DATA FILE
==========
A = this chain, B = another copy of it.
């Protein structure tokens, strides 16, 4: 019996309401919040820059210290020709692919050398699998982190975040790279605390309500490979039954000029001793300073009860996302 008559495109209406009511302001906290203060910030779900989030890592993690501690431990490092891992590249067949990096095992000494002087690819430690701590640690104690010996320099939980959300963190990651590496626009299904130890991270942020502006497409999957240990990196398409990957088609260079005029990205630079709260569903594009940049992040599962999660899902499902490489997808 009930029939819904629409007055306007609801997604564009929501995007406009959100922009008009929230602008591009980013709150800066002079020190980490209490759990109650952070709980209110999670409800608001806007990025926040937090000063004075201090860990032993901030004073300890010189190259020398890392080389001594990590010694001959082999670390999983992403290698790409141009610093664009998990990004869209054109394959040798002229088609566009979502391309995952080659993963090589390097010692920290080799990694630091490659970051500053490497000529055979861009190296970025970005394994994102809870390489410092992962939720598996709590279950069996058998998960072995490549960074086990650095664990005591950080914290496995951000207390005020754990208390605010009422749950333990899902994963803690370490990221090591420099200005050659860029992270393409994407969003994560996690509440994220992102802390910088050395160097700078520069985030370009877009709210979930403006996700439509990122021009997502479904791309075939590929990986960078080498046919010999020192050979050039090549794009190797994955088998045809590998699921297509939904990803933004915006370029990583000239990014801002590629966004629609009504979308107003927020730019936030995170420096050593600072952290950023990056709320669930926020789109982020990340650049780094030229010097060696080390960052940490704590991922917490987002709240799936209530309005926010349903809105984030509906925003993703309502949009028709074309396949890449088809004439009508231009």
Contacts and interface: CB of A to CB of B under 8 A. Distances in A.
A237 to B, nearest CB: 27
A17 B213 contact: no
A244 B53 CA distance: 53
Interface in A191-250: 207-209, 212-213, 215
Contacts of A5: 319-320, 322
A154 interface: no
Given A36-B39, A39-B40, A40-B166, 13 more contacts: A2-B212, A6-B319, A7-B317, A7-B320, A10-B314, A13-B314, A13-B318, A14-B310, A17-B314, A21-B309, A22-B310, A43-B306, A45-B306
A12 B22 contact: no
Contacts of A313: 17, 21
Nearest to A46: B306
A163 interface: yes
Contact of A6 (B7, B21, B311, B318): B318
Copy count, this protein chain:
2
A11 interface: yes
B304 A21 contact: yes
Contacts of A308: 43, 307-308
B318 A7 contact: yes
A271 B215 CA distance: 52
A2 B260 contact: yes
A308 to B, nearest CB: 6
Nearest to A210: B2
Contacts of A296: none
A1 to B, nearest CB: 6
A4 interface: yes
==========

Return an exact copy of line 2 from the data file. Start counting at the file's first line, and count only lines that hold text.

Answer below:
């Protein structure tokens, strides 16, 4: 019996309401919040820059210290020709692919050398699998982190975040790279605390309500490979039954000029001793300073009860996302 008559495109209406009511302001906290203060910030779900989030890592993690501690431990490092891992590249067949990096095992000494002087690819430690701590640690104690010996320099939980959300963190990651590496626009299904130890991270942020502006497409999957240990990196398409990957088609260079005029990205630079709260569903594009940049992040599962999660899902499902490489997808 009930029939819904629409007055306007609801997604564009929501995007406009959100922009008009929230602008591009980013709150800066002079020190980490209490759990109650952070709980209110999670409800608001806007990025926040937090000063004075201090860990032993901030004073300890010189190259020398890392080389001594990590010694001959082999670390999983992403290698790409141009610093664009998990990004869209054109394959040798002229088609566009979502391309995952080659993963090589390097010692920290080799990694630091490659970051500053490497000529055979861009190296970025970005394994994102809870390489410092992962939720598996709590279950069996058998998960072995490549960074086990650095664990005591950080914290496995951000207390005020754990208390605010009422749950333990899902994963803690370490990221090591420099200005050659860029992270393409994407969003994560996690509440994220992102802390910088050395160097700078520069985030370009877009709210979930403006996700439509990122021009997502479904791309075939590929990986960078080498046919010999020192050979050039090549794009190797994955088998045809590998699921297509939904990803933004915006370029990583000239990014801002590629966004629609009504979308107003927020730019936030995170420096050593600072952290950023990056709320669930926020789109982020990340650049780094030229010097060696080390960052940490704590991922917490987002709240799936209530309005926010349903809105984030509906925003993703309502949009028709074309396949890449088809004439009508231009």